Scott Bisping, FWC Fisheries Resource Biologist for the Harris Chain of Lakes, considers this collection of waterways some of the state’s best. Supporting this opinion, he points to the FWC’s TrophyCatch program, which recognizes three tiers of notable catches: 8-10 pounds (Lunker Club), 10-13 pounds (Trophy Club) and over 13 pounds (Hall of Fame Club).
“I’m pretty biased since I work and fish on this chain, but I think the Harris Chain stacks up pretty well with the other Florida bass fisheries,” he said. “We have been averaging around 70-80 TrophyCatch submissions annually over the last 5 years.
“The biggest bass we have documented and seen during our electrofishing sampling is around 12.5 pounds. Looking at our TrophyCatch data, the biggest bass approved into the program from the Harris Chain was caught on Lake Yale in 2020 and was 12-11.”
Bisping points to improved water quality and habitat as the main factors driving this fishery’s productivity.
“The Harris Chain has seen some major changes over the last 20 years,” he said of the fishery’s upward trend. “In the past, the Harris Chain has been very hypereutrophic (extreme nutrient levels causing vast algal blooms, oxygen depletion, fish kills) with poor water quality resulting in limited amounts of submersed vegetation.”
Fortunately, Bisping said, multiple restorations efforts by various management agencies, including key land acquisitions, stormwater treatment projects and a nutrient reduction facility located on the Apopka/Beauclair canal (Lake County Water Authority) have all played a role in reducing nutrients coming into the systems.
“These reduced nutrients have improved the water quality and, in turn, water clarity and have created conditions that promote vegetation growth, specifically submerged vegetation,” Bisping said. “This vegetation serves as excellent nursery habitat that can help produce good year classes of bass improving the overall population.”
A HELPING HAND
With over two decades of habitat and fisheries studies on the Harris Chain, University of Florida Fisheries Professor Mike Allen heartily agrees and notes that, despite hydrilla’s invasive status, this submersed vegetation has also contributed to the Harris Chain’s improving picture.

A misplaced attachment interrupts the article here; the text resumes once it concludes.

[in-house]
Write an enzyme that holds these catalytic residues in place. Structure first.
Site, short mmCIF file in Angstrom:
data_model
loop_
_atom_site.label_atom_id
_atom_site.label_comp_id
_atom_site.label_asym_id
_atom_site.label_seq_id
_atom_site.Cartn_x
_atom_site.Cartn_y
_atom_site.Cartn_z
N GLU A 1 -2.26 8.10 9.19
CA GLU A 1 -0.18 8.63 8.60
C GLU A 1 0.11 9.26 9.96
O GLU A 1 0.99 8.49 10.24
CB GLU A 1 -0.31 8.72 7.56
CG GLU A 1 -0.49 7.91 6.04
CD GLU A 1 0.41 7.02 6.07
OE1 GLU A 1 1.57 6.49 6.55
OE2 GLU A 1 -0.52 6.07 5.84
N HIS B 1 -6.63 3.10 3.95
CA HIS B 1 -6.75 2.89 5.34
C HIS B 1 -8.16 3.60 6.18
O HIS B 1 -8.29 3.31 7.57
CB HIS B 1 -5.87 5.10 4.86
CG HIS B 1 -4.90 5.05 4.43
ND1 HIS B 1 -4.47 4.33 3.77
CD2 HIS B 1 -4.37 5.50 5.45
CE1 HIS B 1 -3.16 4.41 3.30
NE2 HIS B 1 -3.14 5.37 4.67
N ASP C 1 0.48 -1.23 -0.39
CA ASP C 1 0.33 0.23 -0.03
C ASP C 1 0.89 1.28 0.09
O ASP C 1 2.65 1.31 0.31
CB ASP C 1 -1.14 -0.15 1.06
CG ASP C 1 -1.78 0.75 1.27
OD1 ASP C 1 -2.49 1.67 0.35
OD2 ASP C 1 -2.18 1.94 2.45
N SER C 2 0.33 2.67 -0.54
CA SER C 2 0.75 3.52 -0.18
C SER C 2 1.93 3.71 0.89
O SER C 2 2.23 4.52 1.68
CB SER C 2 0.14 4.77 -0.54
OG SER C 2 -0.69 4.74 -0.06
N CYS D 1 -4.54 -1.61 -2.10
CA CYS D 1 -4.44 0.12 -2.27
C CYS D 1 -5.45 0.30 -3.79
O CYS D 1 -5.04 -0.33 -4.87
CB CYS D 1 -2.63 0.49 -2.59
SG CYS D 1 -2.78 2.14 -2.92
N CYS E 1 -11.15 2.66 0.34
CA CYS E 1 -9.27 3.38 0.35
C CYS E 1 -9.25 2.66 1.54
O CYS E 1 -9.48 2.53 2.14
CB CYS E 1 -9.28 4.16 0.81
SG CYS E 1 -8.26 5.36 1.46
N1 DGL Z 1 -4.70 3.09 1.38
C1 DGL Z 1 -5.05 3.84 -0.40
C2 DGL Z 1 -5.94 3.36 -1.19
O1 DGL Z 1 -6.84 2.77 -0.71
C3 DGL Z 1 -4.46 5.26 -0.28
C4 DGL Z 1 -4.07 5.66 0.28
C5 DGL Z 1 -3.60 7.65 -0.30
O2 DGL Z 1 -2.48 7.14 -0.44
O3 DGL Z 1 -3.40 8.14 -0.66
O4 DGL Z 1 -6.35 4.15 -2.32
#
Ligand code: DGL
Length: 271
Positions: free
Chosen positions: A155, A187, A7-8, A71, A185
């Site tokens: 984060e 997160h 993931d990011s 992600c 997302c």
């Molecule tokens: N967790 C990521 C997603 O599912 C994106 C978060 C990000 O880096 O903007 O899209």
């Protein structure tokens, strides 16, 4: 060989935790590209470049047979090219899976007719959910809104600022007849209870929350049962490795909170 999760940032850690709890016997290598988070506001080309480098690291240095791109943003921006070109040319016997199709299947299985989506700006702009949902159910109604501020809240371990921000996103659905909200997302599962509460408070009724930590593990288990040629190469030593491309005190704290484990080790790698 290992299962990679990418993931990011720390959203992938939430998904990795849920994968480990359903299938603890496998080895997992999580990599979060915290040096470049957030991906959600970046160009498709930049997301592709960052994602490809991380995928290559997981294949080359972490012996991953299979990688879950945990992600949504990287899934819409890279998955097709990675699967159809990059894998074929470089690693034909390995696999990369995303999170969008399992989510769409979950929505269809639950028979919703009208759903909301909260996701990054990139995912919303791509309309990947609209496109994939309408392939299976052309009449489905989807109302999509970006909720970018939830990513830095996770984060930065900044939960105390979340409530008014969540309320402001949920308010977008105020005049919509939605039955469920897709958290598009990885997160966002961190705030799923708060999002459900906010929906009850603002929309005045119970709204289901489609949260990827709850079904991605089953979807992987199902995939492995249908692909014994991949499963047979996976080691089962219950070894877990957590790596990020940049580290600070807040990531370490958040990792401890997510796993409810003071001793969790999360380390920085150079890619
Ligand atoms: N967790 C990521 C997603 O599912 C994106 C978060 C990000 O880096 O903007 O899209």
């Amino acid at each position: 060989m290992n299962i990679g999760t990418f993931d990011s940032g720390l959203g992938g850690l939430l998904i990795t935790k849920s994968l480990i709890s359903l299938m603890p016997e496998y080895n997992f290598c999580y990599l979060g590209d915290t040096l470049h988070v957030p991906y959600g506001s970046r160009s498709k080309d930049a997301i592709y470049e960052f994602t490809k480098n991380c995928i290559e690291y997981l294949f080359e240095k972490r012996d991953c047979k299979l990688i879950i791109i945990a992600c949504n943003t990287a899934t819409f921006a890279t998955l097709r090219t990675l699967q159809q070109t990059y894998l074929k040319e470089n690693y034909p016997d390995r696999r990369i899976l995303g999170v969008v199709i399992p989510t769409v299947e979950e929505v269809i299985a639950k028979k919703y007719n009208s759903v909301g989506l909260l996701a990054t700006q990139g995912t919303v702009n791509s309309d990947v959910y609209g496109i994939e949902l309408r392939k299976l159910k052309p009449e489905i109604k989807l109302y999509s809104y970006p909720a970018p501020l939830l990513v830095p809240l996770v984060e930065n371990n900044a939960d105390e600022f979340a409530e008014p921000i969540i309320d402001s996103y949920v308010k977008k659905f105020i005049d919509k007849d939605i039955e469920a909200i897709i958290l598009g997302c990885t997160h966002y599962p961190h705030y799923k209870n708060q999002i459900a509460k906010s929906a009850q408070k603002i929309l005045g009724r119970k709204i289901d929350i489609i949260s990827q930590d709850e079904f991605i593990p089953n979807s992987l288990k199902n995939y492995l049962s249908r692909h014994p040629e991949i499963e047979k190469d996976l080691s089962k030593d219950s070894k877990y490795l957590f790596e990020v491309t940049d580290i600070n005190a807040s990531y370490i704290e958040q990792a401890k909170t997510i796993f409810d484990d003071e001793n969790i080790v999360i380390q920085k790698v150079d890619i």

“From a fisheries perspective, I believe having that hydrilla in the lakes is not only going to (yield) more fish, but it’s going to create more habitat for native vegetation too,” Allen said. “Eel grass will grow in behind that stuff and now it’s protected (from major weather events), the water’s clear and it’s a better environment for native plants.
“I’ve seen the (Harris Chain) lakes in really bad shape, with very little plants and I’ve seen some of the lakes occasionally in good shape. I don’t know that, in my 25 years in Florida that I’ve seen them all be as good as they are right now.”
To this point, the Elite tournament has seen anglers disperse throughout the chain, but Lake Harris’ Banana Cove area has seen the greatest concentration of effort, including many of the top performers. One of the lake’s few areas of remaining hydrilla, this community hole on Harris’ east side consistently produces quality bites, largely because it holds the lake’s best bass habitat.
Looking south to the chain’s headwaters, Lake Apopka’s big bass wonderland was once considered Central Florida’s first tourist attraction (pre-theme park era). Sadly, many years of pollution, mostly from agricultural operations on the north end, so devastated the ecosystem that Florida’s fourth-largest lake became known as the Dead Sea.
Today’s Lake Apopka has experienced a dramatic turnaround and, over the past few years, the lake has reclaimed its status as a bass fishing Mecca. Spearheading this revival, the St. Johns River Water Management District and its partners have worked to restore wetlands, improve water quality and clarity by reducing phosphorus and suspended solids in the water and restore fish and wildlife habitats.